Tag Archives: tribute

A Tireless Worker for Peace & Justice

Rev. Delores
Rev. Delores M. Roberts-Mason Dec. 28, 1942 – Nov. 16, 2015

In celebration of Dr. King’s holiday, I want to honor the Rev. Delores M. Roberts-Mason, who dedicated her life  to “the least, the last and the lost,” empowering children through reading, performing arts, education and religion.

Mrs. Roberts-Mason was a natural at empowerment. She pursued her first degree  while her two children were young, and took them with her to campus on weekends. “I want them to assume they belong in university,” she told me.

The list of Delores’ accomplishments is long.  during her 30 years with DC DHS she touched many lives, uplifting, educating, encouraging and empowering families who had fallen on hard times. Her testimony before the House and Senate Select Committee on Aging in 1989 was helped pass legislation protecting seniors. Howard University honored her as an Outstanding Woman of Washington for her work with young people.

When I met Delores in 2004, she was the head of Zoe Life Ministries, a faith-based youth empowerment organization that ran reading, performing arts and non-violence programs with area kids.

Armed with only volunteers, Rev. Delores and the Zoe Kids & Teens Theater Group wrote, produced and performed numerous musicals including Day of Reckoning, Heart of an Angel, Why and more. The typical production took 2 years from script to performance. Dedicated volunteers worked with the kids on dance, acting and music. But it was Rev. Delores who recruited, wrote, rallied and wrangled the entire magnificent enterprise into being.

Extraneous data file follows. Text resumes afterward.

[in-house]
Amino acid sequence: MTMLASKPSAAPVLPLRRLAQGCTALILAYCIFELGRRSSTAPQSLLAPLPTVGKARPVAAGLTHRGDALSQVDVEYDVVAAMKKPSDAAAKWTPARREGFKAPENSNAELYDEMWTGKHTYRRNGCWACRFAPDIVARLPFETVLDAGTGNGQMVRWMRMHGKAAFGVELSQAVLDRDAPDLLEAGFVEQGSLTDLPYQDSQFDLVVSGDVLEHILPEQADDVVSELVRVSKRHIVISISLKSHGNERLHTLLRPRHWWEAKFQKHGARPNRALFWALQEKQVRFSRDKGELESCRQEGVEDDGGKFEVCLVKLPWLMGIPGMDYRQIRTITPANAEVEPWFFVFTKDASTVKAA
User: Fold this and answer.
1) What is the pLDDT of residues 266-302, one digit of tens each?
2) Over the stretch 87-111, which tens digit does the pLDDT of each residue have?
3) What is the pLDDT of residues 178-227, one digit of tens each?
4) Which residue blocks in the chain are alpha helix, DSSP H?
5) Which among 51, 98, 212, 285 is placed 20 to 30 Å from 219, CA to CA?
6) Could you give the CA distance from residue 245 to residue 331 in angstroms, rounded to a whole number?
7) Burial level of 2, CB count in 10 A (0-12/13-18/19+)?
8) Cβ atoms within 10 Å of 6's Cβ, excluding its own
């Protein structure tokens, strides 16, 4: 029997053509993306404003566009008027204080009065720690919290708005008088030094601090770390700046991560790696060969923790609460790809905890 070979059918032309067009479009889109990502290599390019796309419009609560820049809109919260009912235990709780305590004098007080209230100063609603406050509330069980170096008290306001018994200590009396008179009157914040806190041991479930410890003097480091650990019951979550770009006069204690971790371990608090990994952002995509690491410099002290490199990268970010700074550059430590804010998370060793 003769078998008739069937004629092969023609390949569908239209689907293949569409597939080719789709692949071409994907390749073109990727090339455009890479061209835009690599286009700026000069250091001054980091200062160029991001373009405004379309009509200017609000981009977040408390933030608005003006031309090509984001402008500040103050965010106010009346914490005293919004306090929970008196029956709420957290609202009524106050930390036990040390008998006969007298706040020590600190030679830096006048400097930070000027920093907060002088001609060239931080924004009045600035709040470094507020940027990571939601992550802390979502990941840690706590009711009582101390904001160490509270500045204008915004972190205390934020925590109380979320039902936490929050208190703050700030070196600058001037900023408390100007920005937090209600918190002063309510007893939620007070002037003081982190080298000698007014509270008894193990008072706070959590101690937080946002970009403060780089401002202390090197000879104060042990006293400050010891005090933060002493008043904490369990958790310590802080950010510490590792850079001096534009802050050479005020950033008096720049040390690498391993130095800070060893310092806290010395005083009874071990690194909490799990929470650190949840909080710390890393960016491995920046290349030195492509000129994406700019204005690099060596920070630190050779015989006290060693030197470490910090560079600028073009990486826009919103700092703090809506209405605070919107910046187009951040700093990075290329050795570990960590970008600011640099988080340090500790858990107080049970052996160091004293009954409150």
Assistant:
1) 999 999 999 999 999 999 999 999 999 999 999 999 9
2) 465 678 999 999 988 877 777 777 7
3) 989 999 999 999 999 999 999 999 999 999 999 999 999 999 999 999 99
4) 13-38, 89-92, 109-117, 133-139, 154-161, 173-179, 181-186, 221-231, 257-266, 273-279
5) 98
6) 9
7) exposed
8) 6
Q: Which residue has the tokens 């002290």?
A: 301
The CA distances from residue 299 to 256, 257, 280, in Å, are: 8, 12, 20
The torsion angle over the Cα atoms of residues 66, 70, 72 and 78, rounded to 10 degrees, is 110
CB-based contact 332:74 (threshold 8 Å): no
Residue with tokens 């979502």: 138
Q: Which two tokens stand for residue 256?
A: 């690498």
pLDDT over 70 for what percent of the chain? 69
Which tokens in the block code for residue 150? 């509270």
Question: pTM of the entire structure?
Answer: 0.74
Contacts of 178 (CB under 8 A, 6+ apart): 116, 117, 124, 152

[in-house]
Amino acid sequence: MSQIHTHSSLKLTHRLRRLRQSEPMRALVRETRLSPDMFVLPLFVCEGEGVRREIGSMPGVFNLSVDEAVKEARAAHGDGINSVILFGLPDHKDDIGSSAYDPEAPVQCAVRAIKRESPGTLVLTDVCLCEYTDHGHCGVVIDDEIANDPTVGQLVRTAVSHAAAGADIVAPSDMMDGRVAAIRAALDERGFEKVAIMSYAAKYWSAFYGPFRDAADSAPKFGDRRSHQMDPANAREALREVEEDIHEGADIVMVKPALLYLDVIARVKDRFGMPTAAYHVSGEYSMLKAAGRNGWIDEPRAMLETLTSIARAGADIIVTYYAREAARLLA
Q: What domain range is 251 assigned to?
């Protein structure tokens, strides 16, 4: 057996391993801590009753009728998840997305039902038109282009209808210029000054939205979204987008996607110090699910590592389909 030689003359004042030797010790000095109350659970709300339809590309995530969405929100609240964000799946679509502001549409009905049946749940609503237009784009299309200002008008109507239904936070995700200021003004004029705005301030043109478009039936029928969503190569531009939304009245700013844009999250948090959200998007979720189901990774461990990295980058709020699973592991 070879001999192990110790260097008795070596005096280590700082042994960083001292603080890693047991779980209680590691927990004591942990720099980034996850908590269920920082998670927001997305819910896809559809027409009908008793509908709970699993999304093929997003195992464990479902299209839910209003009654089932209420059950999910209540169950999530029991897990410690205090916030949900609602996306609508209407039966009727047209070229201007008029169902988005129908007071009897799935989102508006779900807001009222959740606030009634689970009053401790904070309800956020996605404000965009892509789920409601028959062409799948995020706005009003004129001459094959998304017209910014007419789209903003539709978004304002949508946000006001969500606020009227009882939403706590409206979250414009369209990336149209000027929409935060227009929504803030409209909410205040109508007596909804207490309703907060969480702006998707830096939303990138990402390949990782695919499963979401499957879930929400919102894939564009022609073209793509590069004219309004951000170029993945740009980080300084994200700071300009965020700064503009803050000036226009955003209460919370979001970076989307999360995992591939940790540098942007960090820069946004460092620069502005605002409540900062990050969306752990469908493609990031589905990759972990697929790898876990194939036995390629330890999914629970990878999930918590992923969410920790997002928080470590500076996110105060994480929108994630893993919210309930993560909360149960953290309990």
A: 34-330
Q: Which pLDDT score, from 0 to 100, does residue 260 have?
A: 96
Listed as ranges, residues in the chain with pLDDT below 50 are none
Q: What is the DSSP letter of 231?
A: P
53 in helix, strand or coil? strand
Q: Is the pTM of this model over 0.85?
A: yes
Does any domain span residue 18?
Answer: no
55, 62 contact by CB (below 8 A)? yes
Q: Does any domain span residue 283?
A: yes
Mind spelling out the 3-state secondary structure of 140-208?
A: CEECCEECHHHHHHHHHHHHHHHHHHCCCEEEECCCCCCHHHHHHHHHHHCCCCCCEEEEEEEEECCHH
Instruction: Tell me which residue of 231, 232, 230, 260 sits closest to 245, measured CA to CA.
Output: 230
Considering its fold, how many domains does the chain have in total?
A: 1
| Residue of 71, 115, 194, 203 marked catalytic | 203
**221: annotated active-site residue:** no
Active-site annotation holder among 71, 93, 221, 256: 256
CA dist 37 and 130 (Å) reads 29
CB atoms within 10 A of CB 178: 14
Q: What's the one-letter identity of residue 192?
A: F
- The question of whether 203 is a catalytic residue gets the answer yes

RevRobtsPeaceSummit2011
Rev. Delores Roberts-Mason at the Walker Mill Middle School Peace Summit 2011

The Teen Peace Summit was a special school day dedicated to violence prevention held at Walker Mill Middle School in Capital Heights, MD.  Tapping her extensive network of professionals in many fields for leaders, Rev. Delores created a dozen or more break-out sessions with topics like Conflict Resolution, How to Say NO, Seeing One Another through Art, and more on the morning of this special day. The afternoon saw awards presented to students for accomplishments in writing, speaking and art.

Rev. Delores had many gifts, but perhaps the most important was the ability to help people open up and share the best part of themselves. She touched many lives in her work, certainly my own. I believe she had the heart of an angel.

You can listen to a beautiful radio tribute to Rev. Delores here:
MPI celebrates the life of Rev. Delores M. Roberts-Mason

If this story moves you, give more of yourself to those in need, from the heart. It’s what Rev. Delores would have encouraged you to do.

 

 

“Don’t You Wonder Sometimes?”

I heard poet Tracy K. Smith read her poem by this name on Studio 360‘s tribute to David Bowie. Tracy won the 2012 Pulitzer Prize for her collection called “Life on Mars,” inspired in part by the Starman in his many identities.  She credits him with showing her “the imagination as something that is capable of creating a whole new world and a whole new sense of self.”